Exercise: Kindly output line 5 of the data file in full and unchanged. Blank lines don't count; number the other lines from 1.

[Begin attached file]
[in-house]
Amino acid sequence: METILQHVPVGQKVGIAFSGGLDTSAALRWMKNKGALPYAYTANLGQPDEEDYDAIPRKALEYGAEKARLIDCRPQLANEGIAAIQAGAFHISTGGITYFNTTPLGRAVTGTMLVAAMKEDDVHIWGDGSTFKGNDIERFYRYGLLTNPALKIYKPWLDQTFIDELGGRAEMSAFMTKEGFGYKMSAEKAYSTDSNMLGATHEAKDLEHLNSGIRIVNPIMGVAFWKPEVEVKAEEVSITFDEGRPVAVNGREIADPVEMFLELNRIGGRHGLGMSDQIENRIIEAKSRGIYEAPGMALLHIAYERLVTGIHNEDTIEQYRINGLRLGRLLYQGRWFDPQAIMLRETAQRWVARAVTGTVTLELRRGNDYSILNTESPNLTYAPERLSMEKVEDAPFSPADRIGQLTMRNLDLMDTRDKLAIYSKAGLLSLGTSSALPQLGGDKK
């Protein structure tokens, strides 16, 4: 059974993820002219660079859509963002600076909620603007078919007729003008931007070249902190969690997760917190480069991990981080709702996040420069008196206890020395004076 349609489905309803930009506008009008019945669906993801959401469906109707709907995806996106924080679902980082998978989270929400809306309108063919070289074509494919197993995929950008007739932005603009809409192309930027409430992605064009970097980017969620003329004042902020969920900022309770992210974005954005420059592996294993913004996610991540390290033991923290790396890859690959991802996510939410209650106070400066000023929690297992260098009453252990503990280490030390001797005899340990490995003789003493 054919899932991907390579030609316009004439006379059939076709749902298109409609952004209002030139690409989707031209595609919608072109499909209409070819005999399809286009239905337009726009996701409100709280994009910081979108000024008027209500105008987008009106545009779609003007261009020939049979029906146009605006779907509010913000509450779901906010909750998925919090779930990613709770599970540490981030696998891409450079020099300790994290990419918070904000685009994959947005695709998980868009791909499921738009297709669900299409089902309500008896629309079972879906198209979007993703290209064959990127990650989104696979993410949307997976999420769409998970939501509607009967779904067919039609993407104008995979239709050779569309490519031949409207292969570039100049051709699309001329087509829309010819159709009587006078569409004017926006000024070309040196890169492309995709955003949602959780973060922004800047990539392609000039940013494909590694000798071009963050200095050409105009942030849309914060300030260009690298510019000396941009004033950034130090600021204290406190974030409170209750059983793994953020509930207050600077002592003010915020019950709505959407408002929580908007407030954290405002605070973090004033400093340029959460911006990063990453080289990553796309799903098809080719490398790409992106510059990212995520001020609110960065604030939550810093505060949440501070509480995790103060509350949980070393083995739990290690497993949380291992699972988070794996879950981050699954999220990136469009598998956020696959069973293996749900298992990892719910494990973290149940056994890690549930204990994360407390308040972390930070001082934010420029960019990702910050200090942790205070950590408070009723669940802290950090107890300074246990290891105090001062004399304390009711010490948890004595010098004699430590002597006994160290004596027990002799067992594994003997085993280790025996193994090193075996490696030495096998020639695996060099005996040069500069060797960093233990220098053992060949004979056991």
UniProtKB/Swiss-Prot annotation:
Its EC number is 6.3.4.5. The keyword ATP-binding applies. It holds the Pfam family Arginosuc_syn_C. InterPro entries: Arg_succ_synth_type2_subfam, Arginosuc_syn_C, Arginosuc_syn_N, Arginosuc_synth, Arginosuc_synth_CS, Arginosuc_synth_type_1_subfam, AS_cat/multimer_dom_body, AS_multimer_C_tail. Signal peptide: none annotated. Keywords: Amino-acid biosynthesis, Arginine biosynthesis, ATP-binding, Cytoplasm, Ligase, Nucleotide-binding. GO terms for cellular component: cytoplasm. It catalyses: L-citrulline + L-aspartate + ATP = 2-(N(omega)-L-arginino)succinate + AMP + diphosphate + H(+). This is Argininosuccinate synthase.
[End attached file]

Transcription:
Its EC number is 6.3.4.5. The keyword ATP-binding applies. It holds the Pfam family Arginosuc_syn_C. InterPro entries: Arg_succ_synth_type2_subfam, Arginosuc_syn_C, Arginosuc_syn_N, Arginosuc_synth, Arginosuc_synth_CS, Arginosuc_synth_type_1_subfam, AS_cat/multimer_dom_body, AS_multimer_C_tail. Signal peptide: none annotated. Keywords: Amino-acid biosynthesis, Arginine biosynthesis, ATP-binding, Cytoplasm, Ligase, Nucleotide-binding. GO terms for cellular component: cytoplasm. It catalyses: L-citrulline + L-aspartate + ATP = 2-(N(omega)-L-arginino)succinate + AMP + diphosphate + H(+). This is Argininosuccinate synthase.